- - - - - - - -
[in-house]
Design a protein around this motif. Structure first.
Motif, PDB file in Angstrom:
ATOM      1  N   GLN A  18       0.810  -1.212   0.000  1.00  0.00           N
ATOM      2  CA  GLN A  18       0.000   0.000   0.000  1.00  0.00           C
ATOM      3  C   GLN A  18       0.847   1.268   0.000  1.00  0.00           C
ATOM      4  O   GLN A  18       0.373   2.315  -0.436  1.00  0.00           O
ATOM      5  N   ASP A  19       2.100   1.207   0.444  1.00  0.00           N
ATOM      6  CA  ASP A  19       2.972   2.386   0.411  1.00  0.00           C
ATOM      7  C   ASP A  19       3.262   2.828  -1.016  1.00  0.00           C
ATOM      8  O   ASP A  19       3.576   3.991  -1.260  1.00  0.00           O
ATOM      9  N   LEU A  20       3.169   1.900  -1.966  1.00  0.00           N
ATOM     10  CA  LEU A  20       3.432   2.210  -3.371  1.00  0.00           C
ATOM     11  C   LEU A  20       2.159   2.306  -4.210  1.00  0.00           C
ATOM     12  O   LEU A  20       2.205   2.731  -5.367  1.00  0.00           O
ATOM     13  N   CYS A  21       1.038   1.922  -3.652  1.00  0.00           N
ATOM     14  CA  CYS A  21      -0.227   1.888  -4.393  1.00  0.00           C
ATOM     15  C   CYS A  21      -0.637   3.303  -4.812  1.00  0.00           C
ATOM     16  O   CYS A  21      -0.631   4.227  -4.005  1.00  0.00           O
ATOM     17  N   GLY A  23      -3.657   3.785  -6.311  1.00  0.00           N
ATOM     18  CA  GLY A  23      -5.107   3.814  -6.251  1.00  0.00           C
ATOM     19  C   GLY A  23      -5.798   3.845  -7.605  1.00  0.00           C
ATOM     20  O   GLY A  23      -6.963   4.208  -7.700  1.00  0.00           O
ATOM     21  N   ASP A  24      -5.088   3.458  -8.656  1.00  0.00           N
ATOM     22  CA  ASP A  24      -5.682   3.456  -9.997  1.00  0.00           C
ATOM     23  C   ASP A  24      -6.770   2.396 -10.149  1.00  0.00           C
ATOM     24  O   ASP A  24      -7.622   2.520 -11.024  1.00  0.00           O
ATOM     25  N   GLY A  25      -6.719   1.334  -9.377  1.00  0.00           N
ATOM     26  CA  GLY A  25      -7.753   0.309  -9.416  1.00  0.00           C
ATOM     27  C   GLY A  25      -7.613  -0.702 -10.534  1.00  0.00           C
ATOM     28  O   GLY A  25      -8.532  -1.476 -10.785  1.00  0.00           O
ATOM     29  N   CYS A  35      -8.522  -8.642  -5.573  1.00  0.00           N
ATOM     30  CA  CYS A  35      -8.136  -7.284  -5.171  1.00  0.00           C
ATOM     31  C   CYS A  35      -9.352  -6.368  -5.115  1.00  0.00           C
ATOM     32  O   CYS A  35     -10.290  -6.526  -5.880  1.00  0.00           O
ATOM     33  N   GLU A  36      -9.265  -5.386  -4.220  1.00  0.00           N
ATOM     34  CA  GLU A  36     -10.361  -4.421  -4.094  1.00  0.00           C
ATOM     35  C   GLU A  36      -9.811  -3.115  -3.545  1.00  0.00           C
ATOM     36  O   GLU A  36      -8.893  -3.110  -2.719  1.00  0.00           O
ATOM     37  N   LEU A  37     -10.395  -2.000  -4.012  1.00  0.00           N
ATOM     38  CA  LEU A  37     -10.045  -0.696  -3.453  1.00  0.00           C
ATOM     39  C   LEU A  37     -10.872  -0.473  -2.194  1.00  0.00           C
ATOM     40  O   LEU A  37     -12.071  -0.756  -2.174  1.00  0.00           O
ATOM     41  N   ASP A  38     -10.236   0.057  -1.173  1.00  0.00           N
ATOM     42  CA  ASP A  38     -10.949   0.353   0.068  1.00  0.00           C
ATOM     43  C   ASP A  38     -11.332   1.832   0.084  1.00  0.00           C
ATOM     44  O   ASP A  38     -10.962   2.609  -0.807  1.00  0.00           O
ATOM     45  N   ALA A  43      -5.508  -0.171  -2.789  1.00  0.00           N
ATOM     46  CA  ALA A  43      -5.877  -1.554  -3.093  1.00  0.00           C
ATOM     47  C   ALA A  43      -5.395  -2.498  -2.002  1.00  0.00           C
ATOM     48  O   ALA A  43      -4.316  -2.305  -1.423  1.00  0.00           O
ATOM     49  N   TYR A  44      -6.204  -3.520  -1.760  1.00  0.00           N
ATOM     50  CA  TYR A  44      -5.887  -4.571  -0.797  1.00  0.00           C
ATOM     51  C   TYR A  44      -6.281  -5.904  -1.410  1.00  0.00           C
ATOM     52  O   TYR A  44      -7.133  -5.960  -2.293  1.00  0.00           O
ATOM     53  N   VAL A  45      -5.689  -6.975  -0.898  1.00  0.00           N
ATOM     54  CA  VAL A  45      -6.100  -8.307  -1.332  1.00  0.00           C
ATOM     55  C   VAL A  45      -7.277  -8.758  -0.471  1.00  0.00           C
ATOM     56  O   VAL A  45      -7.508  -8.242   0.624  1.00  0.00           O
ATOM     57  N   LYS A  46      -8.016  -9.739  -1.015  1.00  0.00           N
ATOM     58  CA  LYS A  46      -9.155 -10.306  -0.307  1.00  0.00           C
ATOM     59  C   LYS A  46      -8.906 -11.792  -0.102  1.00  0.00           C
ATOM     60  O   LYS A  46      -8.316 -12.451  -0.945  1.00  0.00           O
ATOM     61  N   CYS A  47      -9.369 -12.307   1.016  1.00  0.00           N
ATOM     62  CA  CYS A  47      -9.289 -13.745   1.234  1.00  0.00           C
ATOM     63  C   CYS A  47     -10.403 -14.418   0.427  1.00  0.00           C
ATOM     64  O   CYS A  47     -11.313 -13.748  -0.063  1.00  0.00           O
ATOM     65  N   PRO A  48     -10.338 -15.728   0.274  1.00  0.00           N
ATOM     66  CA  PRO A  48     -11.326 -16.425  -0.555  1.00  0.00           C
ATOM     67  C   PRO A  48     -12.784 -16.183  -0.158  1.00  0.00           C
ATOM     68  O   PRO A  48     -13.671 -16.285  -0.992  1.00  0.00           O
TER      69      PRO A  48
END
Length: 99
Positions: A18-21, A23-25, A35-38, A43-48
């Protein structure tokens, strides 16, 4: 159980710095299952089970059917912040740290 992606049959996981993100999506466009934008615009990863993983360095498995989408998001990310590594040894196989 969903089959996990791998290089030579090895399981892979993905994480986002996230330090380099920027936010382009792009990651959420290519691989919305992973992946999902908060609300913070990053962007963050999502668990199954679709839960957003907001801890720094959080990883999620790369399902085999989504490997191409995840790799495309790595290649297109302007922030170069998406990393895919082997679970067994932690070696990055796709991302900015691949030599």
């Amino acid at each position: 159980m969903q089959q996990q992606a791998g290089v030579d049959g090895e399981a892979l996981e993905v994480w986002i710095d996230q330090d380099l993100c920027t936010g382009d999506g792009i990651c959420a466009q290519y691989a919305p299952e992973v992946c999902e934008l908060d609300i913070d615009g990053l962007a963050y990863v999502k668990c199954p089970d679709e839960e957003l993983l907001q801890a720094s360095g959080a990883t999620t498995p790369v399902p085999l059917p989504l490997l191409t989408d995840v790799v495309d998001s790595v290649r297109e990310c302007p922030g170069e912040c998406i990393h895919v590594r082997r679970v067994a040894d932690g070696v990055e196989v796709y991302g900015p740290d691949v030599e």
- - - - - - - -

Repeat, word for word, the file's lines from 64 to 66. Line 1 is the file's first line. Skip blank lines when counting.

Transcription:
ATOM     61  N   CYS A  47      -9.369 -12.307   1.016  1.00  0.00           N
ATOM     62  CA  CYS A  47      -9.289 -13.745   1.234  1.00  0.00           C
ATOM     63  C   CYS A  47     -10.403 -14.418   0.427  1.00  0.00           C